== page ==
- Center locks the user location to be in the center of the screen. When the position is updated to a new location, the blue dot stays locked in the center and the map moves underneath it. The heading arrow circles around the blue dot as the user rotates.
- Center and Rotate locks the user location to the center, but it also locks the heading to always point up on the screen. When a new heading is reported from the SDK, the map also rotates underneath the blue dot.
Still, when implementing these features, there are other questions to answer. For example, in any of the center modes mentioned above, what should happen when the user manually moves the map around? This question does not have a single correct answer and could be different depending on your use case. However, the best general case in my experience is as follows.
If the user drags the map manually, in any of the center modes, you should change to the None-mode if the drag is distinct. To clarify, if the user only slightly moves the map due to zooming or accidentally touches to map, you should not change the mode to None. But, if the move is distinct, like when the user wants to move the map to look at another location, then you should change the mode to None. Exactly what this threshold value should be is not universal, and the best is to test is on your specific map.
Another case when you should change the mode to None is when the user manually changes floor with the floor-switch-button. This is an active action and you can assume the user do not want to follow the blue dot any more.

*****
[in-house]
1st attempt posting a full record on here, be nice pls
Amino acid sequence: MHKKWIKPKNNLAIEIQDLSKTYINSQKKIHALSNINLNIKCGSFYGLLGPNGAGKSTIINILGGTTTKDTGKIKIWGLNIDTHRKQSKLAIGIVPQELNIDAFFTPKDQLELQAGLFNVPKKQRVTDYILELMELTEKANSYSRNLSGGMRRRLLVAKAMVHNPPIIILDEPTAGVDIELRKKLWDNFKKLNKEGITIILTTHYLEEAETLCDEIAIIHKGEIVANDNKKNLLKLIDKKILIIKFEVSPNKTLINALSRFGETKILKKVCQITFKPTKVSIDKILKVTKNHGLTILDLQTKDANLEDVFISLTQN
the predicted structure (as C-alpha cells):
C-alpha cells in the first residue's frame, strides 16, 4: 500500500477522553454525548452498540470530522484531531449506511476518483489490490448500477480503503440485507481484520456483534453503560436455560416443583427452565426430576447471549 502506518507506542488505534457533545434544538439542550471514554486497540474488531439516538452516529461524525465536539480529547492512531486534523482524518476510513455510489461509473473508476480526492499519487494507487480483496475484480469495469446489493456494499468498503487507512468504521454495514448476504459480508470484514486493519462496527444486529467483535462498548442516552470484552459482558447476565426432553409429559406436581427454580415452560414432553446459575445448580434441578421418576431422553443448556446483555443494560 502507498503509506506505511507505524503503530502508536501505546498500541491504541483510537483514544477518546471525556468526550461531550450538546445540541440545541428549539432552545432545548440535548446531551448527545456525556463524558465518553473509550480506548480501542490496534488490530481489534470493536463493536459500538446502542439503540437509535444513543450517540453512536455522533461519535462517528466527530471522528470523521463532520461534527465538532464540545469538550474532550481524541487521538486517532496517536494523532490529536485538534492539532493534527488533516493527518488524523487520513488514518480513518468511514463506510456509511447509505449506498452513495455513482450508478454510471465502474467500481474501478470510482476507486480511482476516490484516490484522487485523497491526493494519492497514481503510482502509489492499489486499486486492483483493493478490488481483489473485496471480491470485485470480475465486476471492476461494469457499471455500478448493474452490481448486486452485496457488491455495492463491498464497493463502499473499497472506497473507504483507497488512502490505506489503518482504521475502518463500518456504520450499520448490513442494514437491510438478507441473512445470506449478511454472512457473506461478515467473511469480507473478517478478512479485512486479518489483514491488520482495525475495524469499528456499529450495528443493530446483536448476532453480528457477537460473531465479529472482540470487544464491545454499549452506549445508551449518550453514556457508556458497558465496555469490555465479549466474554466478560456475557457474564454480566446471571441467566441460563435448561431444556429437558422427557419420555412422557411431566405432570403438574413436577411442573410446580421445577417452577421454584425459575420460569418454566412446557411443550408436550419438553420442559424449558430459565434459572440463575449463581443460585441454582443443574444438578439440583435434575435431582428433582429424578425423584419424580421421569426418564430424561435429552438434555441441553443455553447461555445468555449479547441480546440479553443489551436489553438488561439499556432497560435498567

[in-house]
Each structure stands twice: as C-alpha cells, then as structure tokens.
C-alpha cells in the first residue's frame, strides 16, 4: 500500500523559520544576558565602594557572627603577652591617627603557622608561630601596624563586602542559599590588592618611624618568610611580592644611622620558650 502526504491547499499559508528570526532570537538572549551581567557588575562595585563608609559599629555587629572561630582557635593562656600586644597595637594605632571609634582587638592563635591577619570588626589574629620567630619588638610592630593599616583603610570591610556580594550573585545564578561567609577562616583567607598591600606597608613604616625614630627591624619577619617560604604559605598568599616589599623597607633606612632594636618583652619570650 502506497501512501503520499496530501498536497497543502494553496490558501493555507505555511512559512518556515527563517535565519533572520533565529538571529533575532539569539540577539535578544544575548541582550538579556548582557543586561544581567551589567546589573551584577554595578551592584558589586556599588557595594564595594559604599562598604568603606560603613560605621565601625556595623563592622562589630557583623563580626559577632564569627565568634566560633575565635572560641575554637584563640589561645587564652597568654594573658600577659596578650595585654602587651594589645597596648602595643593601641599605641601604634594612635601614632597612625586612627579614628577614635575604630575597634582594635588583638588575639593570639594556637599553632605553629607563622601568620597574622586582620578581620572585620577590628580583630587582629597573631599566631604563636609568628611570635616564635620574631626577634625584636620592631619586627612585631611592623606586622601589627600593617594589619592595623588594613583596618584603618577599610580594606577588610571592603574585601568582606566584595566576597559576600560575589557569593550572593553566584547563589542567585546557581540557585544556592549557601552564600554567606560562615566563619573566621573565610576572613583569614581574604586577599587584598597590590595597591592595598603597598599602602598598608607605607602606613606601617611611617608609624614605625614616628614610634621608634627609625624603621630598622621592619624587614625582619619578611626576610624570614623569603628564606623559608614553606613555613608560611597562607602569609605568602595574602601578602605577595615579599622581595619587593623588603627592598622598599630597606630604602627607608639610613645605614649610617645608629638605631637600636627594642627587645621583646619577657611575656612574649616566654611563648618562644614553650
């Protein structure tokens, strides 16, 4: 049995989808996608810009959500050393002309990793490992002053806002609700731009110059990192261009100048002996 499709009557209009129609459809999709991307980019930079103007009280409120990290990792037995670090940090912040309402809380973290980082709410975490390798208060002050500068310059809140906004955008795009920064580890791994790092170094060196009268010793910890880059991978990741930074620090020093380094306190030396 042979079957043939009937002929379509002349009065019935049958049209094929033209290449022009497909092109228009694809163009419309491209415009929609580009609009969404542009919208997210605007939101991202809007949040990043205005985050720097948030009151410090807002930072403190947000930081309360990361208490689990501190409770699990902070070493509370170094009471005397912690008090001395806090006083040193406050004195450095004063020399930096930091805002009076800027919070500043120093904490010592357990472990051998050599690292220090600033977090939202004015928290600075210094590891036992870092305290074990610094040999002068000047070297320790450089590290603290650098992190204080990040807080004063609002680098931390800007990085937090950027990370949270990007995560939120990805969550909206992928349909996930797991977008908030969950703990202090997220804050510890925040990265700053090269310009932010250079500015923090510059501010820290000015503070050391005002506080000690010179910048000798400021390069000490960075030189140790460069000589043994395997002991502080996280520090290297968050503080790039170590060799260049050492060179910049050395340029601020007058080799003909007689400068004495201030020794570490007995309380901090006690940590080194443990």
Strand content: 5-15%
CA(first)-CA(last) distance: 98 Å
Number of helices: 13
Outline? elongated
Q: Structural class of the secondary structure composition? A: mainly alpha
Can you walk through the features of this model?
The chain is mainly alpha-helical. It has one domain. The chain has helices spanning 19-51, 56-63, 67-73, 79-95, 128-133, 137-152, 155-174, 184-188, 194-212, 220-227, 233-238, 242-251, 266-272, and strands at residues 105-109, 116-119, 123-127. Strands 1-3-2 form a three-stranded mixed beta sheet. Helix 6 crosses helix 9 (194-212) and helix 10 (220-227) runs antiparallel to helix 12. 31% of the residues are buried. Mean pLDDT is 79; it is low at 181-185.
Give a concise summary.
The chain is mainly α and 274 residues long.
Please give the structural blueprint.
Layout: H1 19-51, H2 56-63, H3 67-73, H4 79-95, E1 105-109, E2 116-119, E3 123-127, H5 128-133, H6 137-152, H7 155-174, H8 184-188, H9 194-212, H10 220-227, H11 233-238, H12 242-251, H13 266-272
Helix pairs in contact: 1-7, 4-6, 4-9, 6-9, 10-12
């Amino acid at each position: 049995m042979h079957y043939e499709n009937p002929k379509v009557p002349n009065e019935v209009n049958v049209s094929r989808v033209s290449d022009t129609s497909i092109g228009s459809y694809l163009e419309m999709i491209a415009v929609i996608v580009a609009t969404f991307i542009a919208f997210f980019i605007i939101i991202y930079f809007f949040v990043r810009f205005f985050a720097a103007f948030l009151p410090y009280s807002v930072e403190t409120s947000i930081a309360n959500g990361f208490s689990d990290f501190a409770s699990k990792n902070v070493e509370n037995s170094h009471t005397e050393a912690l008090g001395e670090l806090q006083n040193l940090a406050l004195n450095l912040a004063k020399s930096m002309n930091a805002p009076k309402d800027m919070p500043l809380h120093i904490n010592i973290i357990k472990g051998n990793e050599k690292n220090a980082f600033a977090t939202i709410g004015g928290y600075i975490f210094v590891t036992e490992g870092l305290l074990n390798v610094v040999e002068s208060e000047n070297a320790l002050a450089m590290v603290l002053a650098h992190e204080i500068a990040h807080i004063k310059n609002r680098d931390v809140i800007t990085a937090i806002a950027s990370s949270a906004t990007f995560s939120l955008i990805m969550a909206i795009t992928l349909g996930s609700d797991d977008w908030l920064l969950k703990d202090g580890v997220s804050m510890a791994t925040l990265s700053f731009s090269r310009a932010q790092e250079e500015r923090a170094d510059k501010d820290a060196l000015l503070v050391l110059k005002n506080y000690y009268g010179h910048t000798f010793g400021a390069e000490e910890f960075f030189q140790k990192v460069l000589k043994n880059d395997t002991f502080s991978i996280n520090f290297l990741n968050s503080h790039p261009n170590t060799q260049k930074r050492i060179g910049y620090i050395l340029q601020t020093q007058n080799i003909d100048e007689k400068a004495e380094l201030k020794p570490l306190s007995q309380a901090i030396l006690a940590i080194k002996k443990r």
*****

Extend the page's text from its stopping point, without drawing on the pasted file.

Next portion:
Managing multiple floors
Especially floors is an aspect that is kind of unique for indoor maps. Since the user can be on the same latitude and longitude, but on different floors, it is important to use this information correctly as well. When the user changes floor, how should the app behave? This depends on the current state of the centering-button.
For any of the center modes, it’s advisable to automatically change floor whenever the user changes floor. Otherwise, the user might be lost.
For None, the best practice is to not do anything automatically. This because you do not know if the user looks at the blue dot or anything else. However, for the best experience here, there should be some indication that the blue dot is currently on another floor. How you should do this depends deeply on how your map looks like. One example could be to indicate on the floor-switch-button where the blue dot is.
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This was the third part of my blog series A Blue-Dot Experience – some simple tips on how you can make a great blue dot experience on indoor maps. Be sure to check out Part 1 and Part 2, in case you haven’t already.
As always, you can find more details on this topic on our Technical Documentation. If you have any questions at all, don’t hesitate to send me an email.
Tim is a Senior Software Engineer and Front End Specialist at Senion.